Receptacles from the porcelain manufactory Schoemig, some of which are decorated with graphic hand-drawings, captivate due to their clean forms and sensuous delicacy. Responsible for these individual masterpieces is the ceramicist Claudia Schoemig.
After several years’ worth of experience as a ceramicist, the study of fine arts as well as workshop and gallery occupations in the role of fine artist, Schoemig founded her own porcelain atelier in 2011 in the city of Berlin. It is here that the objects are designed and created. Schoemig uses mainly traditional techniques, among them the complex free spinning pottery wheel. Her receptacles possess a unique radiance: the matte, satin polish finish of the outside transmits the feeling of paper, whereas on the inside the receptacles boast shiny glazes. Lines reminiscent of pencil drawings, burned into the porcelain, give the GRAPH collection its individuality. The SILHOUET line on the other hand captivates with an interplay of contours, the subtle contrast between light and shade, momentum and counter-resonance. Owing to their high material strength the vessels are well suited to daily use and can even be cleaned in the dishwasher.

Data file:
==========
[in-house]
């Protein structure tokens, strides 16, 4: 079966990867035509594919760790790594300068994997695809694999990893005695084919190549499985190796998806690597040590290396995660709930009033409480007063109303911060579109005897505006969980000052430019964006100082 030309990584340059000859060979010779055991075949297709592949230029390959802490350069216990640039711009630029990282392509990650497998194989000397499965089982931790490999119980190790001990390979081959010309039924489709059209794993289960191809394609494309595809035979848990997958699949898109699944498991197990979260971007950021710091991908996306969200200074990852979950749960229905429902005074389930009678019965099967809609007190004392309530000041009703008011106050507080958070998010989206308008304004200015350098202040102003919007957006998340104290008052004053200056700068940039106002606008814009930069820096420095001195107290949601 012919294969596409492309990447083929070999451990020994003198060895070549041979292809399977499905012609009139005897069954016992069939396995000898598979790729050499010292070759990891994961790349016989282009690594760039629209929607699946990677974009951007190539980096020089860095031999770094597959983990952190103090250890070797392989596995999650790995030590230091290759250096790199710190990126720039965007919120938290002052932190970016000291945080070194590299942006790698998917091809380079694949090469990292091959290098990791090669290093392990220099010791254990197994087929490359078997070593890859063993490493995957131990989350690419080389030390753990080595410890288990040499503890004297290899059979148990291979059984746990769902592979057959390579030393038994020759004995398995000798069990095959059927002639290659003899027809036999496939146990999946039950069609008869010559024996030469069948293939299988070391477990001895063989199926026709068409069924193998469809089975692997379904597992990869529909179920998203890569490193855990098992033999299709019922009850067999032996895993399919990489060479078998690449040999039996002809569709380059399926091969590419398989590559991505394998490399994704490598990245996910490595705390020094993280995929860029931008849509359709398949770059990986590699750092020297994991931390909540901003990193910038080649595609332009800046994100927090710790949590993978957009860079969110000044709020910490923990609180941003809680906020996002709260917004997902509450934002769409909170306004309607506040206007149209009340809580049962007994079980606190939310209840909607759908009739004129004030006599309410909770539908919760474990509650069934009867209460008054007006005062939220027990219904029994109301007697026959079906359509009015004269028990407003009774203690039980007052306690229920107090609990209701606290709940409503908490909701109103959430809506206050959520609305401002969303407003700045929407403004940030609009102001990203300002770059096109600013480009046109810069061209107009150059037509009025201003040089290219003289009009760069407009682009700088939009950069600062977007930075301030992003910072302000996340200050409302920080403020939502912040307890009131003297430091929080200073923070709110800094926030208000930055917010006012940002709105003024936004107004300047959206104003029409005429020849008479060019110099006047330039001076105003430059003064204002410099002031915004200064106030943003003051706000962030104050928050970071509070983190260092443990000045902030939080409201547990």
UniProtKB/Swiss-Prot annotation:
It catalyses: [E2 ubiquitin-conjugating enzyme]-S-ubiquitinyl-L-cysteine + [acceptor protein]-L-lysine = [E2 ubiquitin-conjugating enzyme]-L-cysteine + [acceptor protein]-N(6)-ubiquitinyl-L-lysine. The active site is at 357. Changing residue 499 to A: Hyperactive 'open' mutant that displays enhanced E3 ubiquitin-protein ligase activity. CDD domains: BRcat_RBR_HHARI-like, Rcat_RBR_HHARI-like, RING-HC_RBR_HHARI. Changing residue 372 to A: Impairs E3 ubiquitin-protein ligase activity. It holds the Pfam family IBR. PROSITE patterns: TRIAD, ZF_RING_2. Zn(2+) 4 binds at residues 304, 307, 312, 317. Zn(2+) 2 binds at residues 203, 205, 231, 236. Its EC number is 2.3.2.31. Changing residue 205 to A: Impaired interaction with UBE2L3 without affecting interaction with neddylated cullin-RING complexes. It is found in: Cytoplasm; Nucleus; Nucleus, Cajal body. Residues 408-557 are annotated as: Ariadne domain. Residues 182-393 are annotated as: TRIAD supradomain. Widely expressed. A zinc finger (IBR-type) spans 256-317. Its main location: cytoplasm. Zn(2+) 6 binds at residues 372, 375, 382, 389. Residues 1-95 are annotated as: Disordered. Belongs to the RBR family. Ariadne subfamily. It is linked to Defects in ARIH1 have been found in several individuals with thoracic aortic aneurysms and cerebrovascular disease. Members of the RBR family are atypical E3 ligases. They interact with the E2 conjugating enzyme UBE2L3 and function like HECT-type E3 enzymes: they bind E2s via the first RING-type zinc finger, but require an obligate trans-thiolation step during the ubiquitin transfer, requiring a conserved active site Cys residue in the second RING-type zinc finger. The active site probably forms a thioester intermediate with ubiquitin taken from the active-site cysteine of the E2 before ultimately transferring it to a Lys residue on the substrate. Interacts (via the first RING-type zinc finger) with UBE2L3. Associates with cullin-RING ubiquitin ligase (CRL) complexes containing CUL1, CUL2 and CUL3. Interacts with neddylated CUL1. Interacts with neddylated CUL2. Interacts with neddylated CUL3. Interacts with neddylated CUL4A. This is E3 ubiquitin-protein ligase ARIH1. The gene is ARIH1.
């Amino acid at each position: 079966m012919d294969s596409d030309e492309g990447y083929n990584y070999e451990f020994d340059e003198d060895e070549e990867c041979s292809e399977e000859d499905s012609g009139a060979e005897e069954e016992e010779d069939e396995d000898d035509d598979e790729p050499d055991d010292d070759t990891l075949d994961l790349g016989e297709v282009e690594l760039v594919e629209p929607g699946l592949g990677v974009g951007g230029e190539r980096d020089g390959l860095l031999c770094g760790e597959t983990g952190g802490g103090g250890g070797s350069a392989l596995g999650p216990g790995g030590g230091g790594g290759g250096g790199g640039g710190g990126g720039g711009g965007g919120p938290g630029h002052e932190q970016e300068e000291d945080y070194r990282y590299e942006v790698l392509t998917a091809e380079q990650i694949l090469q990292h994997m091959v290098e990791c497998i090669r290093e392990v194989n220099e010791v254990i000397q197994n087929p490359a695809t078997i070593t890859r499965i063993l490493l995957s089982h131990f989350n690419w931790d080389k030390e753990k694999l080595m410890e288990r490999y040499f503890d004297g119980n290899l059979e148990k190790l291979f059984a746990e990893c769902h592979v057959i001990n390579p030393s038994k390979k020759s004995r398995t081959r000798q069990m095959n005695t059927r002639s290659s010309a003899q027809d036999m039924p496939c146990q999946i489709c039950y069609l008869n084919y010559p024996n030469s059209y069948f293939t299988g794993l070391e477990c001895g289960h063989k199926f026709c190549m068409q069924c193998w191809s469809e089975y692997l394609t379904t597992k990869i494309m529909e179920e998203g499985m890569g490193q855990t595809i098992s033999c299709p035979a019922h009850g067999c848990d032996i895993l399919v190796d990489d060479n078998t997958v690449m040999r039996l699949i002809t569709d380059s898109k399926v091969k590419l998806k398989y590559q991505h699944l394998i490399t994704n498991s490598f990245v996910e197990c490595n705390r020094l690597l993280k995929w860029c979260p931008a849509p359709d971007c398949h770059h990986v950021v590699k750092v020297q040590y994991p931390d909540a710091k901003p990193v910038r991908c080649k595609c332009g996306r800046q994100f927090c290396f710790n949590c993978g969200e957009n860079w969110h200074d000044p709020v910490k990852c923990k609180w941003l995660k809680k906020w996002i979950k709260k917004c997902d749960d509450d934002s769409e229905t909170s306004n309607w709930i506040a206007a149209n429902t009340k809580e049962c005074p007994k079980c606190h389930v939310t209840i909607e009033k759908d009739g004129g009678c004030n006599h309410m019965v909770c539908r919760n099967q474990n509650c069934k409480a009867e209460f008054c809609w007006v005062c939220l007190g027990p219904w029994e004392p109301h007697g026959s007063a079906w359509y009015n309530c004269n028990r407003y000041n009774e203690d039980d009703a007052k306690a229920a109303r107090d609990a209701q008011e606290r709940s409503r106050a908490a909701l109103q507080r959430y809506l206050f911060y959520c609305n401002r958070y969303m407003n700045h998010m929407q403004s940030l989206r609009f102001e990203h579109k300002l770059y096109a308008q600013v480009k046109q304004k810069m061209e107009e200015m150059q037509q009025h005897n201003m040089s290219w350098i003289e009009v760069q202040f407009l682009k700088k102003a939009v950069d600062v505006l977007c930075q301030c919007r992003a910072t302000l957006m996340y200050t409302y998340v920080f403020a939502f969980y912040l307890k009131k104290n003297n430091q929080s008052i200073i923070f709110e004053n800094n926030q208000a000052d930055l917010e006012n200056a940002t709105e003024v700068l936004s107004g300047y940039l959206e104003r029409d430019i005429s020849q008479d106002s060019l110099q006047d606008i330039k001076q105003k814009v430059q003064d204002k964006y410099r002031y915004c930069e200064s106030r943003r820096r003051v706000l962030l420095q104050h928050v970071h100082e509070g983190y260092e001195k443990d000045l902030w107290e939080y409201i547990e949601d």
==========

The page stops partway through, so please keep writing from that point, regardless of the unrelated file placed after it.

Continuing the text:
In the hand-crafting of porcelain, experience, instinct and a good eye are essential. On the pottery wheel, the soft porcelain mass from France is turned into saucers, crockery and other unique objects according to designs by Claudia Schoemig. After surface drying, the vessel contour is fine tuned and final nuances adjusted. The workpiece is then dried and rendered with a natural sponge to create an impeccable surface. After the first firing at 900 °C, a piece is then glazed. It is at this half-finished, fragile stage that the pencil drawings are applied onto the object. During the second firing at around 1320 °C, sintering then gives the porcelain its exceptional hardness and robustness. In a final step the unglazed outside of the vessel is sanded down into a silky-matte surface, a subtle detail which makes the objects truly sensual to the touch.